Wednesday, 4 November 2015

Pizza Express, not distress

Ben's massive addition to my weekly supermarket shop reminded me of the other week when Paul and I drove down to Sheffield to celebrate my birthday with Ben. We went to Pizza Express, a restaurant where, back in the 'bad old days' when Ben's anorexia was raging, we had some particularly distressing episodes.

But there was Ben, this time round, ordering the larger size pizza with a sizeable list of extra toppings. When it was served, he pointed to his mountainous pizza and said "Does THIS make you realise that I am perfectly OK and that you have NOTHING to worry about, mum?" Because, yes, you've guessed it, I constantly worry, like we parents do and will probably always do...

Supermarket shocking!

Ben is back from university on Friday for 'reading week', so I asked him to send me his shopping list so I could add it to our delivery from Tesco's. Result? DOUBLE the supermarket spend compared to when it's just Paul and me. And Paul and I seem to eat pretty well! It's things like this that make me realise just how far Ben has come since those dark days when supermarket shopping was a complete nightmare.

Tuesday, 3 November 2015

It's team work: none of us must feel guilt

I spent yesterday afternoon worrying. Worrying that people who had suffered from an eating disorder might read my blog and feel guilty for 'putting their parents through this'. So I immediately put a post on my Facebook page that says: What I DON'T want to do, ever, is incite feelings of guilt in the eating disorder sufferers themselves (whether recovered or in recovery). They must NEVER, EVER feel guilt at 'putting their parents through all of this'. NEVER, EVER. We, as parents, simply responded with love, exactly as we would have to any life-threatening illness. NEVER feel bad about it. EVER.

Monday, 2 November 2015

The 'guilt' feeling isn't what you might think it is

Part of the vicious circle I described in my last post is 'guilt'. But not the kind of 'guilt' you might expect. I don't feel guilt at 'causing' the eating disorder because, as modern evidence is proving, mothers don't 'cause' their child's eating disorder - eating disorders are thought to be a combination of genetic susceptibility and environmental triggers (in my son's case it was trying to get a fantastic six-pack physique without doing as much sport, while eating less). No, the feeling of guilt that is very much part of the vicious circle of emotions I'm feeling at the moment is very different.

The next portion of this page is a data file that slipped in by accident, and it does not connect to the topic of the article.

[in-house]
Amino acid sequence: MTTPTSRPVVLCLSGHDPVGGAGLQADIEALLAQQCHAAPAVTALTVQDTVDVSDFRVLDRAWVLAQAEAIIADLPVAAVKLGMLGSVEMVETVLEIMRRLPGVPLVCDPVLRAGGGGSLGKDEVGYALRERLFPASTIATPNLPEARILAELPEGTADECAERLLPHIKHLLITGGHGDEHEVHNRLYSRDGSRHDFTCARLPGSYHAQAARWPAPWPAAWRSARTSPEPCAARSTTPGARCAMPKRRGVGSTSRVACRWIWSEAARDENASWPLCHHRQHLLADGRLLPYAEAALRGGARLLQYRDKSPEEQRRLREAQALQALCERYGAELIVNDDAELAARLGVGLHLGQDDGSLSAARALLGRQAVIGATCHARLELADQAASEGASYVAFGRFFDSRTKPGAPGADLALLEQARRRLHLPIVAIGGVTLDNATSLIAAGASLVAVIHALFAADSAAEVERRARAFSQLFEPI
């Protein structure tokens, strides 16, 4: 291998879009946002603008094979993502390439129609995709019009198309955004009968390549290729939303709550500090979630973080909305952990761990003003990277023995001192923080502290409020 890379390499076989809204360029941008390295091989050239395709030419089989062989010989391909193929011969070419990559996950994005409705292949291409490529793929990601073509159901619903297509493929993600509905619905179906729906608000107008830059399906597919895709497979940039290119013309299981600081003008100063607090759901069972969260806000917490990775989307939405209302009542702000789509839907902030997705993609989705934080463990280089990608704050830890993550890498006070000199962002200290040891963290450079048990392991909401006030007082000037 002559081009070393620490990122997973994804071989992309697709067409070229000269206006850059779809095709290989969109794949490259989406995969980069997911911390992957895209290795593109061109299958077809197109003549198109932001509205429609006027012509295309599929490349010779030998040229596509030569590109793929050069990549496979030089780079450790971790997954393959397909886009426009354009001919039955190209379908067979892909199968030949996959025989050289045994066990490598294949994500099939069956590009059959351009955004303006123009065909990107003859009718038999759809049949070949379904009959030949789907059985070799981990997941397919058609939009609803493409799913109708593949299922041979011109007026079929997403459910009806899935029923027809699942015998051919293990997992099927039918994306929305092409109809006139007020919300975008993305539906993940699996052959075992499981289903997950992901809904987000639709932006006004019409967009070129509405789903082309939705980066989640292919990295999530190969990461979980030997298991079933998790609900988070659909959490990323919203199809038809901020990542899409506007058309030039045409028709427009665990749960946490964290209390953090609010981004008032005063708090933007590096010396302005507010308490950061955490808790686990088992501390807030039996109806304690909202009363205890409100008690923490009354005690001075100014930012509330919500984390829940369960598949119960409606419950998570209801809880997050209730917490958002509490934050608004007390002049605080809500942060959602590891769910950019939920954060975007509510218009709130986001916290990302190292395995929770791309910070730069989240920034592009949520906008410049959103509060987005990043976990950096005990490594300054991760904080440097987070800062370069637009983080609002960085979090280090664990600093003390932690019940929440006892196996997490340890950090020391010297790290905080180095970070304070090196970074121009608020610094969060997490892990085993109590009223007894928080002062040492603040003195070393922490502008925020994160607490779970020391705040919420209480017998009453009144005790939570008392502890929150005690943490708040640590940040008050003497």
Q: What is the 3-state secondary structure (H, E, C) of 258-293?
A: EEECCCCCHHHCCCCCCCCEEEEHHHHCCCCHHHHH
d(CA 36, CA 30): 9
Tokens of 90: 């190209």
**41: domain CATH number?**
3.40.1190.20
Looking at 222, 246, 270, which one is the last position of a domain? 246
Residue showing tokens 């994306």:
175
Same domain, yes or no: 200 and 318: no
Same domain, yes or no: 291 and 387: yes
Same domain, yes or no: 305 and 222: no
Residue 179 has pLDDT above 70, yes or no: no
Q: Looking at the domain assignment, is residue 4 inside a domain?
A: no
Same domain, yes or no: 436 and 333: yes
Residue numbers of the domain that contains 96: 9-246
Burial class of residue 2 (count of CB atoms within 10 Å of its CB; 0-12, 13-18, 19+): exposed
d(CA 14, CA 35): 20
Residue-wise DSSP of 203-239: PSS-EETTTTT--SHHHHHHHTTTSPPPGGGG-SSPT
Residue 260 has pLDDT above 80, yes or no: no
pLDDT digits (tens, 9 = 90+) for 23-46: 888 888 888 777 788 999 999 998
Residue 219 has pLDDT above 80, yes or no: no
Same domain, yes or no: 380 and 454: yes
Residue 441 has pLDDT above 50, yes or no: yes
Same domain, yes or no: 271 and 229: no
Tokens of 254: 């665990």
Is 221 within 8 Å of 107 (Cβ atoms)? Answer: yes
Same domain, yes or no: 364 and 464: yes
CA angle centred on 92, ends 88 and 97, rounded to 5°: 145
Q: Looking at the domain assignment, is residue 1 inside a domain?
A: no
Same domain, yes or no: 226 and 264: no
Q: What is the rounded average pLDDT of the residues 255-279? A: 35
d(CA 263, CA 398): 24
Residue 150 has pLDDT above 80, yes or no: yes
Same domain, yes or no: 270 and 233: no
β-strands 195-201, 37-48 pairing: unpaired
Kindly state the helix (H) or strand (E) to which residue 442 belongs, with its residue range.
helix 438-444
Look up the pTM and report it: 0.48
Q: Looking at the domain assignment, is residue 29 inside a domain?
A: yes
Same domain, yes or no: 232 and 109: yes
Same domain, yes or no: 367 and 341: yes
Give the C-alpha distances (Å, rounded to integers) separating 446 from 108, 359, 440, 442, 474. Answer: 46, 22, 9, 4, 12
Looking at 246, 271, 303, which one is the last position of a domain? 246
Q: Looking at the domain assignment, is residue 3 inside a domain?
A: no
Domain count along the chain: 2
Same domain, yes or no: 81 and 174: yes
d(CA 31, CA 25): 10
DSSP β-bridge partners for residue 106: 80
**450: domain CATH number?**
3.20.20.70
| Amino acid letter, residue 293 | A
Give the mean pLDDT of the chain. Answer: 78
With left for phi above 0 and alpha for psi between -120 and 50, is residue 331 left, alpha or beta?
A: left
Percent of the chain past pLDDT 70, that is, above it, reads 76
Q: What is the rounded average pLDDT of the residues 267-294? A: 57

Depression is a lonely place to be until...

As anyone who has visited my recent post on the Around The Dinner Table Forum may know, I've been having a spot of bother over the last two years. The trouble is, my son is pretty much recovered from his eating disorder. But as he continued to move in the right direction and establish a new life for himself, it became clear that I was suffering from the aftermath of everything we had been through during the traumatic years during which I'd battled to help him recover from anorexia.

Monday, 12 October 2015

A really, really powerful post by a US mother and MD

A friend share this link on Facebook last night. I read it and - wow! - its sheer force hit me like an avalanche. I'm still thinking about it today. What this amazing written-straight-from-the-heart article does is to get across exactly how an eating disorder brings havoc and destruction to a family. Everyone in the family - from the sufferer to the parents. And if anyone wants to know what it's really, really like to have an eating disorder like anorexia or bulimia in the family, simply read this article. It gets it across perfectly.

Thursday, 1 October 2015

From my other blog: The saddest cycle ride I ever did

Recently I've started another blog about my biking and hiking activities. But today's post kind of overlaps between this blog and that.

So here is a link to it:

Oh, and by the way, Ben is back from university this weekend full of tales to tell. Good ones, I hasten to add.